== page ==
Puerto Rico to Protect Leatherback Turtles
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by in Marinelife


Image via Turtle Diet
Image via Turtle Diet

The governor of Puerto Rico has signed a new law on April 13th that aims to give additional protection to the world’s largest endangered turtle species, the Leatherback Turtles. The new law will help protect an area known as the Northeast Ecological Corridor, a U.S. nesting site.

The protected region includes 5 acheter cialis en andorre.4 square miles of the island’s coast with more than 861 types of plant and animal life, including fifty threatened species.

“Today, this important, highly ecologically valuable resource is being protected forever”, said Governor Alejandro Garcia Padilla.

The leatherback turtles are the largest marine turtles in the world. Their average height is about 6.5 feet and can weigh up to 1190 pounds. The turtle has a rubbery skin with longitudinal ridges. These turtles are also known to be the deepest divers among their species. The deepest recorded dive of a leatherback has been 3/4th of a mile.

Now that the area is protected under law, many organisations are planning to promote eco-tourism. Camilla Feibelman, coordinator of the local Sierra Club says that they are planning to promote hiking, offer rented bikes to visitors and also take groups to see the turtle hatchlings.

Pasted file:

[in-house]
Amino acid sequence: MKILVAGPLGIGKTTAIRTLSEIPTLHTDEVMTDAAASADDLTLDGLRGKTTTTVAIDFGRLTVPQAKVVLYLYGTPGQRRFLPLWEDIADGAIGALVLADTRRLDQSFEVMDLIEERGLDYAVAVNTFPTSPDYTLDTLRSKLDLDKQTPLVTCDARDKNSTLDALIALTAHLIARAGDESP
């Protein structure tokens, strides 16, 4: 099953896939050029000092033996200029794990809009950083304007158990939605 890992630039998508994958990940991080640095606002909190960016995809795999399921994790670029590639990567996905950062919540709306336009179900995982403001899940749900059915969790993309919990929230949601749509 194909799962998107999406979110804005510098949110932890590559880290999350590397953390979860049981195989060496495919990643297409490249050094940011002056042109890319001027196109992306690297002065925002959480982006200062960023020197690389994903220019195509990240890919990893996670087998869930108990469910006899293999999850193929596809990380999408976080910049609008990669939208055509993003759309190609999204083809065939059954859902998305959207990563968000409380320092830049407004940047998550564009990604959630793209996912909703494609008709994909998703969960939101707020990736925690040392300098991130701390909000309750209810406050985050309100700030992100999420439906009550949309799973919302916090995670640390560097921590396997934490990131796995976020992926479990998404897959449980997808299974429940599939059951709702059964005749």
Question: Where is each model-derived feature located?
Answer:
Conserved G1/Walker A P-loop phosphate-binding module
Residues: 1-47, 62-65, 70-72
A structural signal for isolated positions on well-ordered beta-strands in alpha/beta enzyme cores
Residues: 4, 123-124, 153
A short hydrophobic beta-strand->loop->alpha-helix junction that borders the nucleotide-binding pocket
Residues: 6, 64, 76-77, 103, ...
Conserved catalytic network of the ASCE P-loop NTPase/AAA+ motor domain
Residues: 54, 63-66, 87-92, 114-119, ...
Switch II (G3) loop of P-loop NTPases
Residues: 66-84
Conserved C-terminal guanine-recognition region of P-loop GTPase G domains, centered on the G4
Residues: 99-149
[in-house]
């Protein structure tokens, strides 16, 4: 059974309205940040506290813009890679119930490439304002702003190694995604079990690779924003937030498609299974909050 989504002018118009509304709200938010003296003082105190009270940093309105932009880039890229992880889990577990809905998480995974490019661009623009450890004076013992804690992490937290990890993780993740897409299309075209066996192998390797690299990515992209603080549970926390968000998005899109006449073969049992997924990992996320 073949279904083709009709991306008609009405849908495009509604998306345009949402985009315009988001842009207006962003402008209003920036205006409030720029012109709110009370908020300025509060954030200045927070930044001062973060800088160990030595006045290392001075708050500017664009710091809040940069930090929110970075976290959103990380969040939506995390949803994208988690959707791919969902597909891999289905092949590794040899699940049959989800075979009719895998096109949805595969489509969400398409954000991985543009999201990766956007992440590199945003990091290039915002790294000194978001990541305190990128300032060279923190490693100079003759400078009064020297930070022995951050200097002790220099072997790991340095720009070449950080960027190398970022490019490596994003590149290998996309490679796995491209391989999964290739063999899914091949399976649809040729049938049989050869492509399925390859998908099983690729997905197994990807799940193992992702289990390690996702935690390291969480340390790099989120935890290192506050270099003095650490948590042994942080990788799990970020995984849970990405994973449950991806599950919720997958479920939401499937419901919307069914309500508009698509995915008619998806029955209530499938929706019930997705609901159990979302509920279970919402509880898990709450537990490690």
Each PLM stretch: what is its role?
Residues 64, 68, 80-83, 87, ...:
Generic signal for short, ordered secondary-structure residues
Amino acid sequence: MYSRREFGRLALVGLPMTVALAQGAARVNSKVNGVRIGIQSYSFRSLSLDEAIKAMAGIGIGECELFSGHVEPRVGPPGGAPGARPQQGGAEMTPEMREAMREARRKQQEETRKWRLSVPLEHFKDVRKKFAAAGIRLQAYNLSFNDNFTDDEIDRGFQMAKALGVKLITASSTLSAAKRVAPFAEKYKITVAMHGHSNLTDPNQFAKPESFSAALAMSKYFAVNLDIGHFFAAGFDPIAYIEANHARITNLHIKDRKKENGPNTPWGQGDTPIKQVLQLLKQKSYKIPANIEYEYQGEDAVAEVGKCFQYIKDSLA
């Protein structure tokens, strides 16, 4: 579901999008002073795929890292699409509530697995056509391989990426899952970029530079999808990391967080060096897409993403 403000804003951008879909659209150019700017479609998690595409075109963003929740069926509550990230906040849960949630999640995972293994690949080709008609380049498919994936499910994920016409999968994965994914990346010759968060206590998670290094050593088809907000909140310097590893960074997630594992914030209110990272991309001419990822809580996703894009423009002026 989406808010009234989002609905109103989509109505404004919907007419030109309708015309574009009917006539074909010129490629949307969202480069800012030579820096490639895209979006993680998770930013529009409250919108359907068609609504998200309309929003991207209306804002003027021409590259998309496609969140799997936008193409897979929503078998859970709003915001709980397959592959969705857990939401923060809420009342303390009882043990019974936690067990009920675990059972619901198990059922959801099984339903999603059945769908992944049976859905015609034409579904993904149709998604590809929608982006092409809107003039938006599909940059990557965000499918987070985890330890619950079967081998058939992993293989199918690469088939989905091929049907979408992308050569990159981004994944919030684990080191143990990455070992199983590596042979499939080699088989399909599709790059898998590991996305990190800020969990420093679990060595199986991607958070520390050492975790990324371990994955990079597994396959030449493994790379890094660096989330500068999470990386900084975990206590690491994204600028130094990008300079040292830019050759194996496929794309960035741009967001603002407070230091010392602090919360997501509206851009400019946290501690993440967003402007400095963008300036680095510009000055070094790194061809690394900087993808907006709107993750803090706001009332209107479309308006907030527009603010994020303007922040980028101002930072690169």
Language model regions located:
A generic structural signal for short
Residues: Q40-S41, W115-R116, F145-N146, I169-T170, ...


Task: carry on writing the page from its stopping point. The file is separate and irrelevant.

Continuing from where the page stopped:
Compared to fifty four per cent in the U.S. Virgin Islands  only about 8 per cent of Puerto Rico’s territory is designated for preservation and conservation and thus the new law is a welcome move.  In the Dominican Republic 42 percent of the territory is protected.

Sadly, all seven turtles species of the world are highly threatened. This has been due to destruction of their reef habitats, development activities, damaged nesting sites, climate change, poaching of their eggs and also accidental by-catch during fishing.

With so many dangers it is imperative that protective measures are boosted for all the turtle species and this latest law is a positive move in that direction.

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About the Author

Atula is a writer, traveler and a nature-lover. She is also mom to a boy who seems to have inherited all her creative genes. When Atula is not busy making up stories with her son, she writes for numerous magazines, websites and blogs. She is also working on her site on endangered species called indiasendangered.com.

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